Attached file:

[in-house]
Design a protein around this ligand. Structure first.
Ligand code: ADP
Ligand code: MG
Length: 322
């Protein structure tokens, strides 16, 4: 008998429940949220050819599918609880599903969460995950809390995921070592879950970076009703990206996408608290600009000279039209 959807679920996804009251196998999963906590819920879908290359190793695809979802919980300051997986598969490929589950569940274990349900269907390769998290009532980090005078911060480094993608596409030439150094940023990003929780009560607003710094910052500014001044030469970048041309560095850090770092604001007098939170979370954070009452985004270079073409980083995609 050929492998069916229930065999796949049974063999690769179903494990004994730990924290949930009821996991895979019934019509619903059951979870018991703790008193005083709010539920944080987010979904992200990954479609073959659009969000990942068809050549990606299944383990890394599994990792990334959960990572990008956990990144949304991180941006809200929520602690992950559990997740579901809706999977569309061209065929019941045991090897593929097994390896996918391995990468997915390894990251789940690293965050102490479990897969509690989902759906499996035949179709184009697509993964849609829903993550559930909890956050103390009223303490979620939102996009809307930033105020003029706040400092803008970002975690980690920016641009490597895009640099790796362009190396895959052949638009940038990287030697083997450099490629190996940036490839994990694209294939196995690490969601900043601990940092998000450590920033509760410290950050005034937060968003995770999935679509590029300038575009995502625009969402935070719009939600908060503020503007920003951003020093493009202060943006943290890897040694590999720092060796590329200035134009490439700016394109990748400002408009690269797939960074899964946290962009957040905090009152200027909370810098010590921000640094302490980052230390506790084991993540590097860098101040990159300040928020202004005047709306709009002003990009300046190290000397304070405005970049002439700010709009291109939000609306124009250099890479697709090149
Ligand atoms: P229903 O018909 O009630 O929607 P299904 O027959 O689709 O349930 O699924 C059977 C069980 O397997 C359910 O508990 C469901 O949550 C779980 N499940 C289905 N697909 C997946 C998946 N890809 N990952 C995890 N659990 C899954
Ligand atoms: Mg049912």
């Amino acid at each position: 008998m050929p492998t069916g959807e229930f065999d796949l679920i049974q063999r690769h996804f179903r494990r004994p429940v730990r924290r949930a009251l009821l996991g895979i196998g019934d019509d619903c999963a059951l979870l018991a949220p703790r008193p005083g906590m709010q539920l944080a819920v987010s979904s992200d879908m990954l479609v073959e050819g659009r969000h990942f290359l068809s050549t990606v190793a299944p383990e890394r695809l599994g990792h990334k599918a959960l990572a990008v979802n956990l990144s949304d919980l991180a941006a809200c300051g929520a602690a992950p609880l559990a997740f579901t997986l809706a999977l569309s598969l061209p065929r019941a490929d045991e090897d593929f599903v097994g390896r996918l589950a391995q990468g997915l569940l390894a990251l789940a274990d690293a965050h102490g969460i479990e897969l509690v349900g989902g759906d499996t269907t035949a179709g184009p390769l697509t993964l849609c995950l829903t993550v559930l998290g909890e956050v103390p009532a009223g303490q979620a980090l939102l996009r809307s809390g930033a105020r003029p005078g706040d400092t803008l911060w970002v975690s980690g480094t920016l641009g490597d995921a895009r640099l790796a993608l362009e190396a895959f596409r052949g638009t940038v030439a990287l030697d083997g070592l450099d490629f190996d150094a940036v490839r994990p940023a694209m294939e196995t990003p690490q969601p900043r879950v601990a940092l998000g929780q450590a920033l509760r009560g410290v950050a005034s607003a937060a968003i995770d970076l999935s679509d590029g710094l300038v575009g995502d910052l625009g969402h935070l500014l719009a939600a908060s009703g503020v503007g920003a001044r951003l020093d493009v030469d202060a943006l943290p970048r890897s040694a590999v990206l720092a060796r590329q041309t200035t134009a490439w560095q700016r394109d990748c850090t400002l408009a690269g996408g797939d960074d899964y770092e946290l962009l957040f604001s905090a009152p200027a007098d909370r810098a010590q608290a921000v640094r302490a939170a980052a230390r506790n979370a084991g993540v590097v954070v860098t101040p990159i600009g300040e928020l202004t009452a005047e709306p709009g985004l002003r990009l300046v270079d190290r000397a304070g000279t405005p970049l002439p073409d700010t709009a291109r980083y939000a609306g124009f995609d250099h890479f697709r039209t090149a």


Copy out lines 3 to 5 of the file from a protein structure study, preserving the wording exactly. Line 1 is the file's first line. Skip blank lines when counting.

Ligand code: ADP
Ligand code: MG
Length: 322